New York Police Department investigating four alleged anti-Semitic incidents in two days
Four alleged anti-Semitic incidents occurred over two days in New York this week during the celebration of Hanukkah.
On Monday, a 65-year-old man told police that he was punched and kicked near Grand Central Station by another man, who yelled “F— you, Jew” during the attack, CNN reported. One suspect, Steven Jorge, has been arrested on charges related to the incident.
Monday evening, a 67-year-old man told officers that a group of teens allegedly came up to his 6-year-old son and another boy, hitting them in the lobby of a Brooklyn residential building, according to CNN. The boys were treated for minor injuries at the scene.
Two incidents also occurred on Tuesday in Brooklyn at 1:40 a.m. and 5:12 p.m.
In the morning, a group of people that has not been identified allegedly yelled anti-Semitic slurs at a 25-year-old man on the street. The man accused one of the people of throwing a drink at him, CNN reported.
The later incident occurred when a 56-year-old man alleged he was punched by a group of individuals while he was walking.
The New York Police Department’s Hate Crime Task Force is investigating all four of the alleged incidents, according to CNN.
New York City Mayor Bill de Blasio slammed the acts as “despicable” Wednesday.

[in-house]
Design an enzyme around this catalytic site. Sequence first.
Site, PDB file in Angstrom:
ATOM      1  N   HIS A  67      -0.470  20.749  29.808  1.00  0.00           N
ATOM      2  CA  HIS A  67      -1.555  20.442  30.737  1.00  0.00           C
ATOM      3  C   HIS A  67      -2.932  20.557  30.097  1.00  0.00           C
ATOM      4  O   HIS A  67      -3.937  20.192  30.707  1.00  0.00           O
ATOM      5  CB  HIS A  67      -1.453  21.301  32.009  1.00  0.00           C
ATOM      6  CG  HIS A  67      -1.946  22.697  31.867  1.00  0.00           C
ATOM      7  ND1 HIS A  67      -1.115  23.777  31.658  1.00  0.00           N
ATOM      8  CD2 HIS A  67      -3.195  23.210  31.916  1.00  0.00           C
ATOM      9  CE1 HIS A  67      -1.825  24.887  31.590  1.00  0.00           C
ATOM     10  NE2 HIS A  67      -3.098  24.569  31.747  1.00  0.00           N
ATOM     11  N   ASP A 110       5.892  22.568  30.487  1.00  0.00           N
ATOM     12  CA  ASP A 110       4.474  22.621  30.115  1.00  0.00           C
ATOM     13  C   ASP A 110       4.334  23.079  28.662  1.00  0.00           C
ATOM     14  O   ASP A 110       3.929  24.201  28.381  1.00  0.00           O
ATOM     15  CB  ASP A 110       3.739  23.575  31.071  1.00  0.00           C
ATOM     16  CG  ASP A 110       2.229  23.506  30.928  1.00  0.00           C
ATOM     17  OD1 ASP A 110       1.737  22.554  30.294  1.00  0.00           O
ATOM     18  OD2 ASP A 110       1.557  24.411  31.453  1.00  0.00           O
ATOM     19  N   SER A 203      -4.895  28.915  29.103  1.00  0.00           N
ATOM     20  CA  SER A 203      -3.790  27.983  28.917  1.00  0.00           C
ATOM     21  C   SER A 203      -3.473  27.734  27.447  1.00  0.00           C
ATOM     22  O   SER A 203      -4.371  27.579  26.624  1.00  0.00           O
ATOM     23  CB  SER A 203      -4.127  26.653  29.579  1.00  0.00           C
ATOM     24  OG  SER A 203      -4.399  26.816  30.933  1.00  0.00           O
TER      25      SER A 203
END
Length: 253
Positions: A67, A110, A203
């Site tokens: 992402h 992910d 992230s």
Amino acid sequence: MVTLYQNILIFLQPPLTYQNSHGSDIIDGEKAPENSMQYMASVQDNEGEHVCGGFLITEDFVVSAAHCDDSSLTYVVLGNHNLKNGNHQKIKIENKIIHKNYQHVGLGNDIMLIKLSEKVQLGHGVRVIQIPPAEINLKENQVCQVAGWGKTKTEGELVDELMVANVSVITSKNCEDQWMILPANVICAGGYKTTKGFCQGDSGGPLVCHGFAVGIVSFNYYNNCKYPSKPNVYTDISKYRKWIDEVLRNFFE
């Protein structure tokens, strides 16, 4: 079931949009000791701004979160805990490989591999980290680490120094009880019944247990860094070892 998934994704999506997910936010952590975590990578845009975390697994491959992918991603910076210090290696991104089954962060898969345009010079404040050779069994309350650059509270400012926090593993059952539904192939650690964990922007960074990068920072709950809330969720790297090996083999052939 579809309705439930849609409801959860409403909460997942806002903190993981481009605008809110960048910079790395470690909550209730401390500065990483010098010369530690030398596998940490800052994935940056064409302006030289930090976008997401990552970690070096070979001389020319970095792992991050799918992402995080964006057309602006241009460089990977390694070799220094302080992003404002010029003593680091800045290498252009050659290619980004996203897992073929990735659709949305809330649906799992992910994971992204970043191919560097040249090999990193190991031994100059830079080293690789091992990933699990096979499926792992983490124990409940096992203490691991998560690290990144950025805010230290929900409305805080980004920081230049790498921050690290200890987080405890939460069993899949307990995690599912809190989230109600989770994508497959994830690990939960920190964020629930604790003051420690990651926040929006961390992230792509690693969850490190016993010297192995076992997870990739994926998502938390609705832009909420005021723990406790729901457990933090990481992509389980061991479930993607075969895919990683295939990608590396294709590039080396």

It’s not enough to condemn anti-Semitism — we have to confront it.
The despicable crimes committed against our Jewish community over the last 24 hours are an attack on ALL New Yorkers.
The NYPD is actively investigating all of them and will bring the perpetrators to justice.
— Mayor Bill de Blasio (@NYCMayor) December 26, 2019
New York Gov. Andrew Cuomo (D) issued a Wednesday statement saying he was “disgusted” by the Manhattan attack.
“I’ve said it before and I will say it again: We have absolutely zero tolerance for bigotry and hate, and we will continue to call it out whenever and wherever it rears its ugly head,” Cuomo said.
The attacks come days after a man was arrested after allegedly breaking into a dorm at Yeshiva University in New York and lighting fires while students slept. A Fire Department of New York spokesperson told The Hill that the incident was not a hate crime.